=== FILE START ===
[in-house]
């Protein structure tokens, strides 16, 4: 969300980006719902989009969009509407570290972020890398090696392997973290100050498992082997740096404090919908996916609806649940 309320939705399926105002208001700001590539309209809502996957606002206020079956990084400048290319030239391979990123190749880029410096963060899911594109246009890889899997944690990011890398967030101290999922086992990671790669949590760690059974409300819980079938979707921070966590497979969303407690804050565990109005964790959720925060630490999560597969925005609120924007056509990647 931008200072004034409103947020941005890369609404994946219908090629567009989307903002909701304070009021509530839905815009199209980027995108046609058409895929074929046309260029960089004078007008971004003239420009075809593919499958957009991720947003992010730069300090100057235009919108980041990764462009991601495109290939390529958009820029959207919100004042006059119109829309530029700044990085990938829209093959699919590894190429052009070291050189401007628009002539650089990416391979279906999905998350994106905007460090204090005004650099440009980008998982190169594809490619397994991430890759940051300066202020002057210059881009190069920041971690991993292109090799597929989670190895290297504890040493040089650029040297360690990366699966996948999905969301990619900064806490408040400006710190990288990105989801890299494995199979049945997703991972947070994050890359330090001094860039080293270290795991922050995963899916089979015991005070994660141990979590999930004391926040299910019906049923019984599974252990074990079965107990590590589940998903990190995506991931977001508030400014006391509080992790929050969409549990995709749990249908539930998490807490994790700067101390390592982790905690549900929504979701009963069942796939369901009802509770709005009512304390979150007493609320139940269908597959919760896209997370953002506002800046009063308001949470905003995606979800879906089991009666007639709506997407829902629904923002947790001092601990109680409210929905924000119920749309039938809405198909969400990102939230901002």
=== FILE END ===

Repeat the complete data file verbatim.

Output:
[in-house]
């Protein structure tokens, strides 16, 4: 969300980006719902989009969009509407570290972020890398090696392997973290100050498992082997740096404090919908996916609806649940 309320939705399926105002208001700001590539309209809502996957606002206020079956990084400048290319030239391979990123190749880029410096963060899911594109246009890889899997944690990011890398967030101290999922086992990671790669949590760690059974409300819980079938979707921070966590497979969303407690804050565990109005964790959720925060630490999560597969925005609120924007056509990647 931008200072004034409103947020941005890369609404994946219908090629567009989307903002909701304070009021509530839905815009199209980027995108046609058409895929074929046309260029960089004078007008971004003239420009075809593919499958957009991720947003992010730069300090100057235009919108980041990764462009991601495109290939390529958009820029959207919100004042006059119109829309530029700044990085990938829209093959699919590894190429052009070291050189401007628009002539650089990416391979279906999905998350994106905007460090204090005004650099440009980008998982190169594809490619397994991430890759940051300066202020002057210059881009190069920041971690991993292109090799597929989670190895290297504890040493040089650029040297360690990366699966996948999905969301990619900064806490408040400006710190990288990105989801890299494995199979049945997703991972947070994050890359330090001094860039080293270290795991922050995963899916089979015991005070994660141990979590999930004391926040299910019906049923019984599974252990074990079965107990590590589940998903990190995506991931977001508030400014006391509080992790929050969409549990995709749990249908539930998490807490994790700067101390390592982790905690549900929504979701009963069942796939369901009802509770709005009512304390979150007493609320139940269908597959919760896209997370953002506002800046009063308001949470905003995606979800879906089991009666007639709506997407829902629904923002947790001092601990109680409210929905924000119920749309039938809405198909969400990102939230901002």